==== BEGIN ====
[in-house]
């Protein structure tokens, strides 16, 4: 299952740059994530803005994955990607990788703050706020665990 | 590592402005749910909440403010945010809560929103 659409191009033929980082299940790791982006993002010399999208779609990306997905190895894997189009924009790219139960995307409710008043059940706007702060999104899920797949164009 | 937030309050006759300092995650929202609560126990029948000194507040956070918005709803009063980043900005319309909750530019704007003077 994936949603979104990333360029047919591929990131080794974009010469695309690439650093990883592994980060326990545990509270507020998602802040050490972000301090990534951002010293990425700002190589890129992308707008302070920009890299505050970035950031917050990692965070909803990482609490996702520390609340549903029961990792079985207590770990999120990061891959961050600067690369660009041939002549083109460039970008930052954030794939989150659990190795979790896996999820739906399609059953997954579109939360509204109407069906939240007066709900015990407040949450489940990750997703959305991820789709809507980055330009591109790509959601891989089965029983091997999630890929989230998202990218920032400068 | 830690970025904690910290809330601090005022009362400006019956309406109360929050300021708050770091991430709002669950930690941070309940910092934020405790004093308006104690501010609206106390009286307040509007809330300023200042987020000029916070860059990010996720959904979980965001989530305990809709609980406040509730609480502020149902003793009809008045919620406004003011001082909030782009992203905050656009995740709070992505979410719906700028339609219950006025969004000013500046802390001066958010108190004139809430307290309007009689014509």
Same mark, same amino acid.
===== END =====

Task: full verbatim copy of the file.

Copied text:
[in-house]
């Protein structure tokens, strides 16, 4: 299952740059994530803005994955990607990788703050706020665990 | 590592402005749910909440403010945010809560929103 659409191009033929980082299940790791982006993002010399999208779609990306997905190895894997189009924009790219139960995307409710008043059940706007702060999104899920797949164009 | 937030309050006759300092995650929202609560126990029948000194507040956070918005709803009063980043900005319309909750530019704007003077 994936949603979104990333360029047919591929990131080794974009010469695309690439650093990883592994980060326990545990509270507020998602802040050490972000301090990534951002010293990425700002190589890129992308707008302070920009890299505050970035950031917050990692965070909803990482609490996702520390609340549903029961990792079985207590770990999120990061891959961050600067690369660009041939002549083109460039970008930052954030794939989150659990190795979790896996999820739906399609059953997954579109939360509204109407069906939240007066709900015990407040949450489940990750997703959305991820789709809507980055330009591109790509959601891989089965029983091997999630890929989230998202990218920032400068 | 830690970025904690910290809330601090005022009362400006019956309406109360929050300021708050770091991430709002669950930690941070309940910092934020405790004093308006104690501010609206106390009286307040509007809330300023200042987020000029916070860059990010996720959904979980965001989530305990809709609980406040509730609480502020149902003793009809008045919620406004003011001082909030782009992203905050656009995740709070992505979410719906700028339609219950006025969004000013500046802390001066958010108190004139809430307290309007009689014509």
Same mark, same amino acid.